|Photo by habeebee|
Wages, and thus trade unions, are being violently attacked by European authorities. Until now, wages have remained an exclusively national issue as a negotiated right at the very core of trade unions’ identity. It had been excluded from the EU’s competences since the Maastricht Treaty. Yet, for approximately two years, with the implementation of the new ‘European economic governance’ (Pact for the Euro, Six-Pack,..), the economic actors of the EU have kidnapped wages. The ECB, DG ECFIN and the ECOFIN Council transformed it into a statistic figure of ‘Unit labour cost (ULC)’, measured as an indicator that should be contained in order to improve competitiveness. A threshold of wage increases should be respected to avoid a financial penalty. So, from a negotiated right at national level, wages have become a European market price!
|Photo by Kheel Center, Cornell University|
For too long, wages have remained a taboo issue for the European Trade Union Confederation (ETUC), which preferred the European Social Dialogue, excluding precisely wages. But the frontal attack perpetrated by the EU brought the subject to the foreground. In April 2008, the ETUC organised the first European demonstration with the slogan ‘increasing salaries and better sharing of profits’, and not a vague slogan such as ‘for a Social Europe’. In May 2011, at its latest Congress in Athens, the ETUC was able to express a common diagnosis by the vast majority of European trade unions (only CFDT was of a different opinion): it clearly opposed the Commission and its governance and demanded the stop of the anti-salary bulldozer strategy of the EU. So, if there is a real consensus amongst trade unions to refuse persistent wage austerity, the key question is: how can we proceed? What could be the trade unions’ counter-strategy?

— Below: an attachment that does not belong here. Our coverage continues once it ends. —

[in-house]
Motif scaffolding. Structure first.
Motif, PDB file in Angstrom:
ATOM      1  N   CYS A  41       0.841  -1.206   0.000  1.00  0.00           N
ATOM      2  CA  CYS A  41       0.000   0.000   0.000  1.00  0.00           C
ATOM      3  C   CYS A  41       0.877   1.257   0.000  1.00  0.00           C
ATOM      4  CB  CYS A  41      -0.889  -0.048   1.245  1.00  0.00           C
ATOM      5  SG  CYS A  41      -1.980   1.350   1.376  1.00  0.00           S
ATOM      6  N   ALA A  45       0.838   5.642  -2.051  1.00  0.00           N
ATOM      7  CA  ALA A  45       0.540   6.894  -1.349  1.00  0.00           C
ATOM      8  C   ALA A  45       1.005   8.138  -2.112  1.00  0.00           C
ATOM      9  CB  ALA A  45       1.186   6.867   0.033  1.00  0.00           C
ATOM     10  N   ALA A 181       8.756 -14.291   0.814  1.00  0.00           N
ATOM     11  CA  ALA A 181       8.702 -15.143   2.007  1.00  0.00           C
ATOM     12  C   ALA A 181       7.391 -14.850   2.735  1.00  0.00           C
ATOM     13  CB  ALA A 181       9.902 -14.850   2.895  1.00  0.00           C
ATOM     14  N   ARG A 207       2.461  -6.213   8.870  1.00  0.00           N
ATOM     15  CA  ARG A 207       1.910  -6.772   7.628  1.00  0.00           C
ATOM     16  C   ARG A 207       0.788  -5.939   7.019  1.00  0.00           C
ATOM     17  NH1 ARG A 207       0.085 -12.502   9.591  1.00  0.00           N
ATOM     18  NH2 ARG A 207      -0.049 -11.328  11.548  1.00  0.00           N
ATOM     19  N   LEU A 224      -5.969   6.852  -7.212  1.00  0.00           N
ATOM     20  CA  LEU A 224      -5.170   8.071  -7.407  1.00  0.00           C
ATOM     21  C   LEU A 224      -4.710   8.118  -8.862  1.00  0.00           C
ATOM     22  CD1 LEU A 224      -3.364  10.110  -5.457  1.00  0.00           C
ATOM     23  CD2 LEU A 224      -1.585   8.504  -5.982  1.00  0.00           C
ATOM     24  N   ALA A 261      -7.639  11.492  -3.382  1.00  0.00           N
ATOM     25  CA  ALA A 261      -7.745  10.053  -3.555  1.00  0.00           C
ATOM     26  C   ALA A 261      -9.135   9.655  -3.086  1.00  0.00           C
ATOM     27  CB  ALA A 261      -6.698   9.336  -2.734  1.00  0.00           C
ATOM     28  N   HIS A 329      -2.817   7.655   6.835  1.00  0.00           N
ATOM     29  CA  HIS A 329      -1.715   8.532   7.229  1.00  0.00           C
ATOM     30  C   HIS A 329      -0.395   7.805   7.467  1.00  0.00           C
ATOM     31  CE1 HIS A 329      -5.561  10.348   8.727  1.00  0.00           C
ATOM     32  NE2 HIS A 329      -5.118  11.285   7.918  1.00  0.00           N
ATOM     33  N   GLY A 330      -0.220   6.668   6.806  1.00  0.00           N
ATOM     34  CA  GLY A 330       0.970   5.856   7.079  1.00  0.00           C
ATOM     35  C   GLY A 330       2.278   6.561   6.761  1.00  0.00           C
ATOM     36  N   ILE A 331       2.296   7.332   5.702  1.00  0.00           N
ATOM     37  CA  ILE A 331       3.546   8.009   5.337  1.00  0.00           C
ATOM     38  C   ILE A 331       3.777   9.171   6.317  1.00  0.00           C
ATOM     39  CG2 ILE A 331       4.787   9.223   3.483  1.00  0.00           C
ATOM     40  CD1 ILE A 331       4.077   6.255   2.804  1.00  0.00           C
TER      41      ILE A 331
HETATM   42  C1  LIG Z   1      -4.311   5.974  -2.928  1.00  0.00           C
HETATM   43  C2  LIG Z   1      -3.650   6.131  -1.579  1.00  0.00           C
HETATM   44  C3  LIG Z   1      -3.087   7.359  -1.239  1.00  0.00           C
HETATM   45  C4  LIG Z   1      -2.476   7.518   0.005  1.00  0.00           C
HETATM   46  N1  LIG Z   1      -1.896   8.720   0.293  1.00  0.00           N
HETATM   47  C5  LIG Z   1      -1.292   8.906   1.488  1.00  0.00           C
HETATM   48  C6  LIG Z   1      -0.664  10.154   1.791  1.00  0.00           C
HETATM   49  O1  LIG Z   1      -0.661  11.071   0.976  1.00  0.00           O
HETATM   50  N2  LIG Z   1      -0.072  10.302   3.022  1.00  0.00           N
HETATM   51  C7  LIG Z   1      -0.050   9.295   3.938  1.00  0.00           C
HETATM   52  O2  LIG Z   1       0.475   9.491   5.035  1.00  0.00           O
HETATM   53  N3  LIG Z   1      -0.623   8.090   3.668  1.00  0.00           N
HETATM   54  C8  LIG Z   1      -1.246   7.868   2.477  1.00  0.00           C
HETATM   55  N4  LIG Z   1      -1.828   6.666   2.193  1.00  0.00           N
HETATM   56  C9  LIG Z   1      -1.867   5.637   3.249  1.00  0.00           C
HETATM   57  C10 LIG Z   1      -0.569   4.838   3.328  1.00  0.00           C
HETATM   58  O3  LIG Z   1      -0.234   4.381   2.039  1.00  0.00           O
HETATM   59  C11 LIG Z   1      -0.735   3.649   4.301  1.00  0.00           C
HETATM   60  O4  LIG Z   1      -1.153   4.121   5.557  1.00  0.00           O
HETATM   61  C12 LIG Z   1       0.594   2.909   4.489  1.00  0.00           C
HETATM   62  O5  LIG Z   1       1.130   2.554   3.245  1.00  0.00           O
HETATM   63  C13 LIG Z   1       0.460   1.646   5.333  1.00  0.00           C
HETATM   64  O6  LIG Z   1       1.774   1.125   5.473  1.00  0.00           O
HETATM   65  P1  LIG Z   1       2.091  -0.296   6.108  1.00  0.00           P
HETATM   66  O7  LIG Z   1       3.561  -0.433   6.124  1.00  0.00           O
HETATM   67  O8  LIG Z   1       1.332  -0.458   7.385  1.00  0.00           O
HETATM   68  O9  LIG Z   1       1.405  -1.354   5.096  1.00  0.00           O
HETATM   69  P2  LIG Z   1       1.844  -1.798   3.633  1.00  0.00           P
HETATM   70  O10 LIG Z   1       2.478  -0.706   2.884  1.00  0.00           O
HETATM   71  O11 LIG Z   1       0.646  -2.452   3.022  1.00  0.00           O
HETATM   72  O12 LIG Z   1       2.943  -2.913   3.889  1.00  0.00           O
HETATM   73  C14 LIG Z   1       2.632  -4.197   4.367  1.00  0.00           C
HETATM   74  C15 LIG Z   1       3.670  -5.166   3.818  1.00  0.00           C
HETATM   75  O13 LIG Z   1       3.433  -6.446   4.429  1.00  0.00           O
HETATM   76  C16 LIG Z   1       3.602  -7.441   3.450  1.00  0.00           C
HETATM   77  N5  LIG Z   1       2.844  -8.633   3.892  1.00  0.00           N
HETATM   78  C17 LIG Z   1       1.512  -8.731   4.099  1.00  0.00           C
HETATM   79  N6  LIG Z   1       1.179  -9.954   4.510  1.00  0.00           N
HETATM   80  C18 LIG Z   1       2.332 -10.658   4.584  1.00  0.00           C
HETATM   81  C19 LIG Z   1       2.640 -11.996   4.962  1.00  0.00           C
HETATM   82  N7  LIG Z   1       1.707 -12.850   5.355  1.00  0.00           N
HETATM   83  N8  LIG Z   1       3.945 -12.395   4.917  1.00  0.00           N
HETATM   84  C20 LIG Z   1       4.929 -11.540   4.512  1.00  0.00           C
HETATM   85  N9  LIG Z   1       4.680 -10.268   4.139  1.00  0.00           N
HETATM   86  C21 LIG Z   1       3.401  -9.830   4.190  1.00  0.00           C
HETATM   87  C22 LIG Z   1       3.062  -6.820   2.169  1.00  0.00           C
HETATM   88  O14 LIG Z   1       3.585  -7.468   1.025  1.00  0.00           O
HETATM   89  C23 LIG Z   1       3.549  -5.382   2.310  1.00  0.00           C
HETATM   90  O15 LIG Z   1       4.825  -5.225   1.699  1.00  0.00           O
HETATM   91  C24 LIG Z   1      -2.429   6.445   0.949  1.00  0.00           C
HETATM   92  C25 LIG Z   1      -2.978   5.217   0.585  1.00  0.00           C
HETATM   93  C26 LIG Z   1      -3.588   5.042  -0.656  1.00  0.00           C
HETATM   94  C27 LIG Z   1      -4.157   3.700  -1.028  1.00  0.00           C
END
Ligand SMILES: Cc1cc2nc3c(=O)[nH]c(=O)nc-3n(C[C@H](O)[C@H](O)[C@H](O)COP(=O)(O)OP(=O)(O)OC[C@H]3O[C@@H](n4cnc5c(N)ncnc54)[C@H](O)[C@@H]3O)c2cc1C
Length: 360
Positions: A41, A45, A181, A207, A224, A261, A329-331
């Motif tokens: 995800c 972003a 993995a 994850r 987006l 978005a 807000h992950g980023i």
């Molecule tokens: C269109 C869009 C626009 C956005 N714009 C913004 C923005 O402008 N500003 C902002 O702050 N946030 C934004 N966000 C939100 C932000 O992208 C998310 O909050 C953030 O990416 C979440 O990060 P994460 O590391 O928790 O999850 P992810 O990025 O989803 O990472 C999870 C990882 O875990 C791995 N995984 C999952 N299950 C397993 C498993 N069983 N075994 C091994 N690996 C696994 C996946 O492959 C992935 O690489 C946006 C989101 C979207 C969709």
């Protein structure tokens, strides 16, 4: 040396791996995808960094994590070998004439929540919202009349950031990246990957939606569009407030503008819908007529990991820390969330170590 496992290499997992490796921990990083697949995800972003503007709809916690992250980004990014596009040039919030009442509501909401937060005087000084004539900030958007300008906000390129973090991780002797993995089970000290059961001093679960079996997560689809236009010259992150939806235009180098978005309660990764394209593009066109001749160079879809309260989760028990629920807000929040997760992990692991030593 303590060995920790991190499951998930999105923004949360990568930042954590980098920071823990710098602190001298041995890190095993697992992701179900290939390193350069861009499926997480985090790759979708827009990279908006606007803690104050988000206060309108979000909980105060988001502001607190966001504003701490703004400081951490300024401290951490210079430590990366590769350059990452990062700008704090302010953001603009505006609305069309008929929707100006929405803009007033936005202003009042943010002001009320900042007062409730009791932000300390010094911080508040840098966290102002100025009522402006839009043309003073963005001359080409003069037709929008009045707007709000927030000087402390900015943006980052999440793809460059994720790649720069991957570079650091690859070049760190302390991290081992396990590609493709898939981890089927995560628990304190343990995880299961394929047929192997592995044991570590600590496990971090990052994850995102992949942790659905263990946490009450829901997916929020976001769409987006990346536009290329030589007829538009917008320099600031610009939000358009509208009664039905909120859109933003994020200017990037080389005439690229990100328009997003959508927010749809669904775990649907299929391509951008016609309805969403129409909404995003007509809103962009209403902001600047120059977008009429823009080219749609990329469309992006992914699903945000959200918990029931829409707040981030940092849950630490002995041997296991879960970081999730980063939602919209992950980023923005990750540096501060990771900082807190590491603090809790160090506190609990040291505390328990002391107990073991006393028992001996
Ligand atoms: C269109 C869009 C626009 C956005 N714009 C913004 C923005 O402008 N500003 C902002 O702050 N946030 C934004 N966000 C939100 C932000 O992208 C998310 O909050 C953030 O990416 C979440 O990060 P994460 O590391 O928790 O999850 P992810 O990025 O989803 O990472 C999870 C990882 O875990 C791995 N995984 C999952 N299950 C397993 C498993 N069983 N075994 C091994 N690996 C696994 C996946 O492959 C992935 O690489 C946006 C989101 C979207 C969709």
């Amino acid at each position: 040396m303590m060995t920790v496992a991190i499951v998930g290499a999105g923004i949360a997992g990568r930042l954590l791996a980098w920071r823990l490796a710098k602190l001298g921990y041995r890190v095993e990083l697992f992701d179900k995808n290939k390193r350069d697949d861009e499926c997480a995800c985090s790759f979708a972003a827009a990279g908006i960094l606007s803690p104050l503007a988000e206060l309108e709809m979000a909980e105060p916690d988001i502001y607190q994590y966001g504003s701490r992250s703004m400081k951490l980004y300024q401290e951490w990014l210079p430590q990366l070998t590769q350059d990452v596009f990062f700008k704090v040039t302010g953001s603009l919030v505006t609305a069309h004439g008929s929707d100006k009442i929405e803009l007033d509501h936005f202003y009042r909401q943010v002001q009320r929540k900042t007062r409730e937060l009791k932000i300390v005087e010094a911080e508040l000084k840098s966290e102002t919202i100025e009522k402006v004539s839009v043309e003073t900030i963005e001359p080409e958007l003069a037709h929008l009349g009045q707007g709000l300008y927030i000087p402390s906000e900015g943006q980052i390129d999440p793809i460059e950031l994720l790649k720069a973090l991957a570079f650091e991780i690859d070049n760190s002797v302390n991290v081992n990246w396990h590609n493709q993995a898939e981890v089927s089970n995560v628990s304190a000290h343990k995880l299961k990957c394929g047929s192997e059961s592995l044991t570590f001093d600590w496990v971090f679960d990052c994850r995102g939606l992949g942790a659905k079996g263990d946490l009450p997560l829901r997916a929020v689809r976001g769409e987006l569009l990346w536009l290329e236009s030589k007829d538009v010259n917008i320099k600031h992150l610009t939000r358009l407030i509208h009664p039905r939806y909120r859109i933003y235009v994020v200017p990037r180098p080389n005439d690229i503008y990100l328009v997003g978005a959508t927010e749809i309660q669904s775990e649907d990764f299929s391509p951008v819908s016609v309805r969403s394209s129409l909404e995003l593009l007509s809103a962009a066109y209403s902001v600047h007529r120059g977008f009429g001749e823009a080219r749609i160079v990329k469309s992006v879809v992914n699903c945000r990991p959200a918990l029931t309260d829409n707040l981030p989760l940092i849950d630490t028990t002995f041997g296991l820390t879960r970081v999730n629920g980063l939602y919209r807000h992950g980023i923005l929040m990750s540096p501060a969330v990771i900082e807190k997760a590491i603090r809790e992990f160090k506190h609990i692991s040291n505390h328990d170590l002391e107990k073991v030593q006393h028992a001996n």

|Photo by HatM|
A second line of inquiry: the European minimum wage, is a watchword that could impose itself given the differences in wages paid within the EU and the lack of a minimum level in some countries. A European regulation allowing for a relative increase in all countries could be the introduction of a minimum wage calculated in relation to the national average wage: 50% in the short-term and then 60% in the longer term. Trade unions in big countries are broadly in favour: French organisations with the ‘SMIC’ model, English unions with the success of their recently obtained minimum and the German unions that are looking for a universal standard before the next elections. Nevertheless, the ‘no front’, with the Italians and the Scandinavians in particular, is clearly against this because they fear that their bargaining systems of minimum sectoral wages, that are often very high, might suffer. Their veto has been blocking all demands in this matter since the beginning of the century. The current impossibility to find an agreement on this issue, despite the ever increasing assaults against wages, shows that there is still a long way to go before obtaining a common bargaining dynamic at the transnational level.
|Photo by HatM|
So a lot of questions are left over: how can we break the deadlock of national withdrawal by trade unions? How can we avoid an unbalanced increase between countries, social tensions and eventually the stalemate of the trade union movement? How can we create a new balance of power in response to the economic players of the EU?